Melbourne - Britain's Liam Broady on Thursday lashed out at Australian Open
officials for insisting qualifying take place this week despite toxic
smoke from bushfires, telling fellow players:"We can't let this go."
quality in Melbourne was among the worst on the planet on Tuesday and
described as "hazardous" by city authorities following months of blazes
that have devastated huge swathes of the country.
recommended that people and their pets stay indoors, but qualifying for
the opening Grand Slam of the year went ahead regardless.
Dalila Jakupovic was forced to retire while leading in her match after a
distressing coughing fit, saying she was "really scared that I would
Other qualifiers also suffered, with world No 234
Broady taking to Twitter to claim "multiple" players needed asthma
medication, despite never having suffered from the ailment before.
"The more I think about the conditions we played in a few days ago the more it boils my blood," Broady wrote.
called an email from governing body the ATP and the Australian Open
defending the decision to go ahead with qualifying matches "a slap in
"We can't let this slide. The email we received
yesterday ... was a slap in the face, conditions were 'playable'. Were
they 'healthy'?" he said.
"Citizens of Melbourne were warned to
keep their animals indoors the day I played qualifying, and yet we were
expected to go outside for high intensity physical competition?
"What do we have to do to create a players union? Where is the protection for players, both male and female?"
player Dustin Brown, knocked out by top seed Dennis Novak in qualifying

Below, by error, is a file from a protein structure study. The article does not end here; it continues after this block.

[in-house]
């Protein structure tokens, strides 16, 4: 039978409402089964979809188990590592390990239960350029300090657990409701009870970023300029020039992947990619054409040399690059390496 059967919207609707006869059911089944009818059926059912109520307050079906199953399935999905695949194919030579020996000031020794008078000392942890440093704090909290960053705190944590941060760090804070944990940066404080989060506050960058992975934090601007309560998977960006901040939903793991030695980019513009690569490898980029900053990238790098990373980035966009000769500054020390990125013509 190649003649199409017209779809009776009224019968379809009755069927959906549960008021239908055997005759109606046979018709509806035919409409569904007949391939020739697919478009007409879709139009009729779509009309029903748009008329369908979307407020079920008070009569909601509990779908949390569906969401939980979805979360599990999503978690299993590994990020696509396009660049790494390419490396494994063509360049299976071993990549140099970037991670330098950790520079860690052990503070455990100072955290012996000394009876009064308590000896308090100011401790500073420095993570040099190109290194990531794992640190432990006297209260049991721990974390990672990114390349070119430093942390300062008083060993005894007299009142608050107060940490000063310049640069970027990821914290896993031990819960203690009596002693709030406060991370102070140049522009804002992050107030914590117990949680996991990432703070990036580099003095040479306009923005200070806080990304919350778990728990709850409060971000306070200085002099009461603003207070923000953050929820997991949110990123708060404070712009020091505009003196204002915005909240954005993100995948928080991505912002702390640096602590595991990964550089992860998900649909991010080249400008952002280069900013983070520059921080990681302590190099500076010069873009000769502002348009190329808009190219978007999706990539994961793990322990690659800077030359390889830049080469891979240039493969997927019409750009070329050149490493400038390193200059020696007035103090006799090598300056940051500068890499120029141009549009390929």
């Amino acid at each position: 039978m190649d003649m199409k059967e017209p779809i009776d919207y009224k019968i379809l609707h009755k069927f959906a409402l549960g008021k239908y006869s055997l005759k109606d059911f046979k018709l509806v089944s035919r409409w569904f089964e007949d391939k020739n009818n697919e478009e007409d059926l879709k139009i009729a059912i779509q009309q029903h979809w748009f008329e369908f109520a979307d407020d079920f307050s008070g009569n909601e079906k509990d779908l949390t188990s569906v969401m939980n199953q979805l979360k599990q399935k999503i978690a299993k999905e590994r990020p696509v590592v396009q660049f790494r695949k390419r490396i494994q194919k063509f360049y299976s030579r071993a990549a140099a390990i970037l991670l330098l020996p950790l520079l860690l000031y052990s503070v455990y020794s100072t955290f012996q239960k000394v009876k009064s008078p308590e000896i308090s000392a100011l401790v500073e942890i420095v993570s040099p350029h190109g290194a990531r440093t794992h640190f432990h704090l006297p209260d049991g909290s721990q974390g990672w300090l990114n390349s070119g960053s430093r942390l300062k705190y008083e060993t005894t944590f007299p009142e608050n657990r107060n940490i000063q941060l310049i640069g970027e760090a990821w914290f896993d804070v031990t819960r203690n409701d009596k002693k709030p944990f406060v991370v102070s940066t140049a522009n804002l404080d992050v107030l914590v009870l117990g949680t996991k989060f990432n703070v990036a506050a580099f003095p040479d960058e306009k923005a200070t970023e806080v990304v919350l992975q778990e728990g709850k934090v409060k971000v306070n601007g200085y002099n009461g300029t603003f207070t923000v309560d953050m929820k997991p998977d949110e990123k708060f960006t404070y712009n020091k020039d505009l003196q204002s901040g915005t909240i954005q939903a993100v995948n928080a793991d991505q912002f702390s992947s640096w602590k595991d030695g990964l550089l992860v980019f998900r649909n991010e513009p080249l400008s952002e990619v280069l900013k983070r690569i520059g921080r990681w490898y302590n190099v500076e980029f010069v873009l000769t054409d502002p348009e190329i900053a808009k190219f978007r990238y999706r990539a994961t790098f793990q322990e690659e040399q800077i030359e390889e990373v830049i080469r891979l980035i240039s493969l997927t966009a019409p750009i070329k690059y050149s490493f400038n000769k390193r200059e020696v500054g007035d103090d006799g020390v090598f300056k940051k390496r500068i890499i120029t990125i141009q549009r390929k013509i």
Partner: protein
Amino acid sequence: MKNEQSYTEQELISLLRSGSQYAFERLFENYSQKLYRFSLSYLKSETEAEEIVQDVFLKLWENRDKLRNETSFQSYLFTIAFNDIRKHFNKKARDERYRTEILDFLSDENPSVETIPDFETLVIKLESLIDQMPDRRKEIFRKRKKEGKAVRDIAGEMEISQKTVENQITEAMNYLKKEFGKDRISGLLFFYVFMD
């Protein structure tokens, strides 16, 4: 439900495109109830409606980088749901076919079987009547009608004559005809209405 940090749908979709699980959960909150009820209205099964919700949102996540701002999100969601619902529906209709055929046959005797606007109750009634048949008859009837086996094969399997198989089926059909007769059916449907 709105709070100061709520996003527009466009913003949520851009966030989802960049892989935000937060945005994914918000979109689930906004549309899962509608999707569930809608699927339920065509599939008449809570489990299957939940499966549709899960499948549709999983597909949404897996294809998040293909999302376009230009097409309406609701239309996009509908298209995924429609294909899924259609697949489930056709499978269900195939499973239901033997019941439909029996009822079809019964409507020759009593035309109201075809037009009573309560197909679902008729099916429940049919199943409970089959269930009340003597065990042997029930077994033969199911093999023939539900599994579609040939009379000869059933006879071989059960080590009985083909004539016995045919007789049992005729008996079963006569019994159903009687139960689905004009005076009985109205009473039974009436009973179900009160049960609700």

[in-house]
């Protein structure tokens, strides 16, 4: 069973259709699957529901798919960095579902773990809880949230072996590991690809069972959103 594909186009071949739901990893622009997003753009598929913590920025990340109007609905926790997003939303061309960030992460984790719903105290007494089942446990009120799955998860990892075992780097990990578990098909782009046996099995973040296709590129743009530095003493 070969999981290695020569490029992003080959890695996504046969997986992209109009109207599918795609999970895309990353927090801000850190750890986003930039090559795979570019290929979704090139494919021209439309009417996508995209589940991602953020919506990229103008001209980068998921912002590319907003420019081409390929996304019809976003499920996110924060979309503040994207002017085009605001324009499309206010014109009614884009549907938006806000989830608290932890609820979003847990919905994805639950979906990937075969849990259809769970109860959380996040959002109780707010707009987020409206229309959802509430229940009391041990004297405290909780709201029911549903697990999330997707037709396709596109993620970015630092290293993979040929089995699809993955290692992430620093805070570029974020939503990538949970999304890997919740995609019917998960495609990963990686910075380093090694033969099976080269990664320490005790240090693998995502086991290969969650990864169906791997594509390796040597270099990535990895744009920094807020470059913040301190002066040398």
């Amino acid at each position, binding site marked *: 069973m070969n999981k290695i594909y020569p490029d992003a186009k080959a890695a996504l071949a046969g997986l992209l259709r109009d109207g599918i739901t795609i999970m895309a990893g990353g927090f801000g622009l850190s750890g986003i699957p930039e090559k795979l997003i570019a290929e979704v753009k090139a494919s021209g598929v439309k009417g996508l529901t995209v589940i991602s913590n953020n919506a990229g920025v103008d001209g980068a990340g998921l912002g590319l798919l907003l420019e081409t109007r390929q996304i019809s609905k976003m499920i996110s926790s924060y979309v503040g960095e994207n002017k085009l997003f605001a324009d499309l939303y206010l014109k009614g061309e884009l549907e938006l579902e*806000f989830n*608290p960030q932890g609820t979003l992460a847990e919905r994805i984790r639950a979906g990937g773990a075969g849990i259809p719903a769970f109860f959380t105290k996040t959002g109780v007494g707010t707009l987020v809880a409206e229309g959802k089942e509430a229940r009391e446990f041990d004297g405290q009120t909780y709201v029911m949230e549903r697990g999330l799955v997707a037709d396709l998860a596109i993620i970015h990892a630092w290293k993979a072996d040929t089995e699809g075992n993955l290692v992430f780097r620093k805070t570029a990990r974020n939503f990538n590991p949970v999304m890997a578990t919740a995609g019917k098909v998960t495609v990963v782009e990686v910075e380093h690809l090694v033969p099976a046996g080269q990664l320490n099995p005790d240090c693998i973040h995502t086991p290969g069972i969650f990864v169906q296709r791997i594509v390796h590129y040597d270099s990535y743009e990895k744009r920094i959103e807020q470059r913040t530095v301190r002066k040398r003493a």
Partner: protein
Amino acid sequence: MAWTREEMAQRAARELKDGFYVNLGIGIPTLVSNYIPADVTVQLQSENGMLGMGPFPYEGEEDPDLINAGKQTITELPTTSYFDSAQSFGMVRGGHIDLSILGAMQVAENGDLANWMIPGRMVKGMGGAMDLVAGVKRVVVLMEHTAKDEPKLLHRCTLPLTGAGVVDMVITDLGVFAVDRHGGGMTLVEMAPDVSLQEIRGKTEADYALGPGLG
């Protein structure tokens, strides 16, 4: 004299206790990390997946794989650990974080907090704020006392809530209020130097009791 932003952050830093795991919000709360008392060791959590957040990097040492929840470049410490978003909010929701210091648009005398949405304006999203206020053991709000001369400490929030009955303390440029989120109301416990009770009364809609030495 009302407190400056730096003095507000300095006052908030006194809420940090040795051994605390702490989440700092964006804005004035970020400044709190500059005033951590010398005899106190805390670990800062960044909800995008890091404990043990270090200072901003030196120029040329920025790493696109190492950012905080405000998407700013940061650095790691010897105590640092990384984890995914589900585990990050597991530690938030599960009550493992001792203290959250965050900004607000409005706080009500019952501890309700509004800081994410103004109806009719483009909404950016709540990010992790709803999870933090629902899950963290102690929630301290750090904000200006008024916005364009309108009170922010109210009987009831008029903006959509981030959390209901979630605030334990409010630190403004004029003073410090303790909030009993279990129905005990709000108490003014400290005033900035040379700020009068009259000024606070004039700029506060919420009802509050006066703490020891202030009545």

on Wednesday when conditions were better but still poor, appeared to
agree with Broady in a social media reply to him.
"In 35 Years, Its The 1st Time I Had 2 Use An Asthma Spray 2 Help Me Breathe Better," he wrote.
Canadian former world No 25 Vasek Pospisil, who has slid down the
rankings after back surgery last year, also got on board, tweeting: "We
won't let it go."
Mandy Minella, the world No 140 from Luxembourg, has previously said she was "shocked" that qualifying took place.
Australia chief Craig Tiley said this week decisions on whether to play
were made after consultations with their medical team, the Bureau of
Meteorology and Environment Protection Authority Victoria scientists.
is a new experience for all of us in how we manage air quality, so we
have to listen to the experts," he told reporters on Tuesday.
top stars of the game haven't been affected, completing their practice
sessions on Rod Laver Arena with the roof closed. None of them have
commented on qualifying being allowed to go ahead.
"On tour we let
so many things go that aren't right, but at some point we have to make a
stand," said Broady. "All players need protection, not just a select
Rain on Wednesday evening brought some relief from smoke-haze on Thursday, with qualifying going ahead without incident.